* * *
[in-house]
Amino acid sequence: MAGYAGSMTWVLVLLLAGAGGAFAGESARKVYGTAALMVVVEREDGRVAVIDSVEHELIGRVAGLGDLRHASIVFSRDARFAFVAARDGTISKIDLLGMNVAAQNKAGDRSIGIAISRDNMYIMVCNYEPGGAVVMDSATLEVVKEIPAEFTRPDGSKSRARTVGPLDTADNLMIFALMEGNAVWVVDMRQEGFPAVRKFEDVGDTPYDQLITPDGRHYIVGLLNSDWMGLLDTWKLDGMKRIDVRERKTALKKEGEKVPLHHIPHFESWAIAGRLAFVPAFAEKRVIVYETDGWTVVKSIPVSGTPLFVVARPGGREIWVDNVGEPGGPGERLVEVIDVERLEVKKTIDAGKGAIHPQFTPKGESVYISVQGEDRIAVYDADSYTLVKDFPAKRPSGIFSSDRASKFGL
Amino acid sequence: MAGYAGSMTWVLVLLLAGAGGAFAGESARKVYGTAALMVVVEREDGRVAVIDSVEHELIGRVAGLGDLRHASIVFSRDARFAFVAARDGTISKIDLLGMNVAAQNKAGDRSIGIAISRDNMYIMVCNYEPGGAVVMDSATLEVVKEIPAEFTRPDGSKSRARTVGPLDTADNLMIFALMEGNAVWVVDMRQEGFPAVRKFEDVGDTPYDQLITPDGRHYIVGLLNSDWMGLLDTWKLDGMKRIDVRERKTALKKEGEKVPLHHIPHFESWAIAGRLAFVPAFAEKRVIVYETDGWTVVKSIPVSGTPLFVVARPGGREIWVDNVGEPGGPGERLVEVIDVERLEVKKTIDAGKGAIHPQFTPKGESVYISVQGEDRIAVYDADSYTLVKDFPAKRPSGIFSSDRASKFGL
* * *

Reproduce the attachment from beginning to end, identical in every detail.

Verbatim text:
[in-house]
Amino acid sequence: MAGYAGSMTWVLVLLLAGAGGAFAGESARKVYGTAALMVVVEREDGRVAVIDSVEHELIGRVAGLGDLRHASIVFSRDARFAFVAARDGTISKIDLLGMNVAAQNKAGDRSIGIAISRDNMYIMVCNYEPGGAVVMDSATLEVVKEIPAEFTRPDGSKSRARTVGPLDTADNLMIFALMEGNAVWVVDMRQEGFPAVRKFEDVGDTPYDQLITPDGRHYIVGLLNSDWMGLLDTWKLDGMKRIDVRERKTALKKEGEKVPLHHIPHFESWAIAGRLAFVPAFAEKRVIVYETDGWTVVKSIPVSGTPLFVVARPGGREIWVDNVGEPGGPGERLVEVIDVERLEVKKTIDAGKGAIHPQFTPKGESVYISVQGEDRIAVYDADSYTLVKDFPAKRPSGIFSSDRASKFGL
Amino acid sequence: MAGYAGSMTWVLVLLLAGAGGAFAGESARKVYGTAALMVVVEREDGRVAVIDSVEHELIGRVAGLGDLRHASIVFSRDARFAFVAARDGTISKIDLLGMNVAAQNKAGDRSIGIAISRDNMYIMVCNYEPGGAVVMDSATLEVVKEIPAEFTRPDGSKSRARTVGPLDTADNLMIFALMEGNAVWVVDMRQEGFPAVRKFEDVGDTPYDQLITPDGRHYIVGLLNSDWMGLLDTWKLDGMKRIDVRERKTALKKEGEKVPLHHIPHFESWAIAGRLAFVPAFAEKRVIVYETDGWTVVKSIPVSGTPLFVVARPGGREIWVDNVGEPGGPGERLVEVIDVERLEVKKTIDAGKGAIHPQFTPKGESVYISVQGEDRIAVYDADSYTLVKDFPAKRPSGIFSSDRASKFGL